Austria was the home of many of Hitler’s most important musical victims, the best known of whom have already become established culturally historic figures. Yet others still await their discovery or, more often, their re-discovery. Gaping holes exist where they have not been incorporated into rightful positions within Austrian musicology or performance-practice.
“The society exil.arte lets us hear voices again that were silenced, bringing music that was brutally suppressed to our ears – and thereby also to our heart”Thomas Angyan (Artistic director of the Gesellschaft der Musikfreunde in Vienna, 2005 – 2020), quoted from his laudation at the awarding of the 2010 Bank Austria International Art Prize to exil.arte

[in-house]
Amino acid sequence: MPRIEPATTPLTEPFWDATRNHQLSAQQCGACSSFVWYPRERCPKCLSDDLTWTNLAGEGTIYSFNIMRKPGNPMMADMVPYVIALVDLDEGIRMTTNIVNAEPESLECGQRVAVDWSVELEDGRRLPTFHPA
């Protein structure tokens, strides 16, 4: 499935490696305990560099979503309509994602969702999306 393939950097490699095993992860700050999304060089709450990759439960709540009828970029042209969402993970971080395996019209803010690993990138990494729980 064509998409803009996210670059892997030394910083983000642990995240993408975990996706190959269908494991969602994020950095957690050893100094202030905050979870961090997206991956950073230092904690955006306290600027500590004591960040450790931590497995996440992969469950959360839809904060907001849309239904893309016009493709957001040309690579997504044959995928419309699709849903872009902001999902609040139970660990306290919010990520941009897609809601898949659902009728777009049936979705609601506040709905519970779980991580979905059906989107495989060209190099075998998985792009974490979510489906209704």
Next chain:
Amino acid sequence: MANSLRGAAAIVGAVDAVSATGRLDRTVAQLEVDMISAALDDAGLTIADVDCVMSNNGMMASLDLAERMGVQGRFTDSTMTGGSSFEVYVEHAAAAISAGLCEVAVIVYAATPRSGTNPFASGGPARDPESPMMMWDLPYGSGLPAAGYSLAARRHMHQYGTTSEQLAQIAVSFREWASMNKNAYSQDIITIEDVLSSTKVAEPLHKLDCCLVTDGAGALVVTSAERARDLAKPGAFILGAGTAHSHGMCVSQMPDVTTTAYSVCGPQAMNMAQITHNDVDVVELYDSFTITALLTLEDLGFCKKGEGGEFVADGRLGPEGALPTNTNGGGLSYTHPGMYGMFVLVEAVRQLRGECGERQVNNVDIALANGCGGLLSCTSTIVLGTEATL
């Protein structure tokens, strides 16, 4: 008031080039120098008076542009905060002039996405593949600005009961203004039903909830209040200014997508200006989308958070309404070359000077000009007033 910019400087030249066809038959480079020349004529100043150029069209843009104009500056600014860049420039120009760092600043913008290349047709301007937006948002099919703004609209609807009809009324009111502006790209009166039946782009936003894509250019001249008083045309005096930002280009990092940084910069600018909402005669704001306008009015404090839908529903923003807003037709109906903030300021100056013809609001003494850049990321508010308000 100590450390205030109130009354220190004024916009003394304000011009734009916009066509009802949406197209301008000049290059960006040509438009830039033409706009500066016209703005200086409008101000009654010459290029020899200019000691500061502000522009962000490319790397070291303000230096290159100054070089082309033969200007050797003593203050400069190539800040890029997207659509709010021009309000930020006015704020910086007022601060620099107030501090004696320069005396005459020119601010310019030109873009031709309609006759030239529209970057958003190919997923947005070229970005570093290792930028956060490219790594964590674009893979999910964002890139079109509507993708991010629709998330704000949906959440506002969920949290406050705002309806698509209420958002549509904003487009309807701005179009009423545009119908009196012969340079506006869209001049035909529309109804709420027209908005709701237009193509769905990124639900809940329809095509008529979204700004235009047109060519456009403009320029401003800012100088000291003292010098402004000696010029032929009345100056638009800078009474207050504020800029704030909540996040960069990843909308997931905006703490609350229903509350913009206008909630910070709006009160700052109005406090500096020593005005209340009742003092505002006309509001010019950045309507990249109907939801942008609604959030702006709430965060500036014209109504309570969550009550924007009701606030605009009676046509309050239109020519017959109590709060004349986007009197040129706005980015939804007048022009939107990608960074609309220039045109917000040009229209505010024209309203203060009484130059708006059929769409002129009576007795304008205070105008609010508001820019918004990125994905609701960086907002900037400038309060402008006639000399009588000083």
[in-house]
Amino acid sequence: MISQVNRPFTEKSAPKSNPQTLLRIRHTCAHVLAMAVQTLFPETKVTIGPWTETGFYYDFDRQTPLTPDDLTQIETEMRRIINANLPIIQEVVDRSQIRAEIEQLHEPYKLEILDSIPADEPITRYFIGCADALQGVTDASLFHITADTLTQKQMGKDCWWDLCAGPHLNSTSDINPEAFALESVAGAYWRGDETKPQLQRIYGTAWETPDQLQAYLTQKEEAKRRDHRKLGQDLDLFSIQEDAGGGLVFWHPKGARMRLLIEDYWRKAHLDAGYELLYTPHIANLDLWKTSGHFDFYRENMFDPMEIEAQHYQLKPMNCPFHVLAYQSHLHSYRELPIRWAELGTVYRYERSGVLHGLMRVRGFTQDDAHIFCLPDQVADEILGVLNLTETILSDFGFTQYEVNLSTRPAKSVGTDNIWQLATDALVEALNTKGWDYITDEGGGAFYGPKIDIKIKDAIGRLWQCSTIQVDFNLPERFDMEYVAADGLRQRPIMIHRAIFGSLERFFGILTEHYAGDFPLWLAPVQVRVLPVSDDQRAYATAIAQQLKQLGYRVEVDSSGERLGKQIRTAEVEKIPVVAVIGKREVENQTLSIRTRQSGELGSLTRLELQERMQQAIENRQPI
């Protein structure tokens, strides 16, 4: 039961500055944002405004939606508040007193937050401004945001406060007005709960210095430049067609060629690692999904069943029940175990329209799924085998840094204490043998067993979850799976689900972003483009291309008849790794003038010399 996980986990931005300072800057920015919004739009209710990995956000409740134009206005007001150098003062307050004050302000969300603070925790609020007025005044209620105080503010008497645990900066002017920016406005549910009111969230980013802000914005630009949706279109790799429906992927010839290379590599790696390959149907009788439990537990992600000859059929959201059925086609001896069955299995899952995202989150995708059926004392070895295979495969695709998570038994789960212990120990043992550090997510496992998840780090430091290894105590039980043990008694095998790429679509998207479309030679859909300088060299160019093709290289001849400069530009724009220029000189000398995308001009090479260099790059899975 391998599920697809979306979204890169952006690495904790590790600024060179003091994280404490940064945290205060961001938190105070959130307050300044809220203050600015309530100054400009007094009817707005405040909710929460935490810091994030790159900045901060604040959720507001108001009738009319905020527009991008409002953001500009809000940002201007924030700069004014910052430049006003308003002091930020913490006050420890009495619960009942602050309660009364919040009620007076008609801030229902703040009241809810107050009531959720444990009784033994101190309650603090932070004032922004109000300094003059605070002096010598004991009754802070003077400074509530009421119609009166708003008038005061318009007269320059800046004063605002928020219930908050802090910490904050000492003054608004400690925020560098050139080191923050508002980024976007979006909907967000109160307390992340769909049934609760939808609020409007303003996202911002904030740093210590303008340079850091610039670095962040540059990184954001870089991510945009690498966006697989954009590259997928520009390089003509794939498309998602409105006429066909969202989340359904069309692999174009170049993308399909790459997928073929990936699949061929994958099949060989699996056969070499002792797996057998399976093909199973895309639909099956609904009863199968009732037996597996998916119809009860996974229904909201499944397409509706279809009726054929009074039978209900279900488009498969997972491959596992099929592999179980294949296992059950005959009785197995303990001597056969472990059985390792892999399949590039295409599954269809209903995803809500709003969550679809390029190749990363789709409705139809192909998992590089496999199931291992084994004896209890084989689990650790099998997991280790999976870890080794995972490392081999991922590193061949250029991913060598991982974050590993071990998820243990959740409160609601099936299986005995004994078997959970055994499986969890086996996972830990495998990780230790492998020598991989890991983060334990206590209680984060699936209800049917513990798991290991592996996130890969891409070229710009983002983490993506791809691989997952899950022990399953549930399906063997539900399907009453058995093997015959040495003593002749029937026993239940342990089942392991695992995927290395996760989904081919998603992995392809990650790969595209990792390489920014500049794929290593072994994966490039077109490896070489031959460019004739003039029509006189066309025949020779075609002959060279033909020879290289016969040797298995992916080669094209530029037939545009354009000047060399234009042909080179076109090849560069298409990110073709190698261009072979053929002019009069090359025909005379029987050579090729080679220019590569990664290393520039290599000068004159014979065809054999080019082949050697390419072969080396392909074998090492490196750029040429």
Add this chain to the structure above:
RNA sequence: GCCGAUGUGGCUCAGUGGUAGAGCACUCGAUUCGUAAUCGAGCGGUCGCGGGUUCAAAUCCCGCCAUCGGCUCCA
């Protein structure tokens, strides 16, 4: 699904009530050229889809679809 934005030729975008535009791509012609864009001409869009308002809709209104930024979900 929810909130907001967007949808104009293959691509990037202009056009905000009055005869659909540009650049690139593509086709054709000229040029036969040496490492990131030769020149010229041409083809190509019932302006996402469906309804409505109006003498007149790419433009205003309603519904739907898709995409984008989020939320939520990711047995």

Exilarte operates as a centre for the reception, preservation, research and presentation of composers, performers, musical academics and theatre artists who, during the years of the ‘Third Reich’ were branded as ‘degenerate’. Only within recent decades has Austria started to address this issue. The assessment and restitution of such a multi-facetted cultural inheritance, extending from the 19th century through, operetta, film music and ‘chanson’, cabaret, and the developments of the ‘Second Viennese School’, ‘Jugendstil’, ‘New Objectivity’ and much more is an enormous, multi-disciplinary undertaking.
Exilarte’s purpose is to restore these important missing links to the chain of Austrian music-history.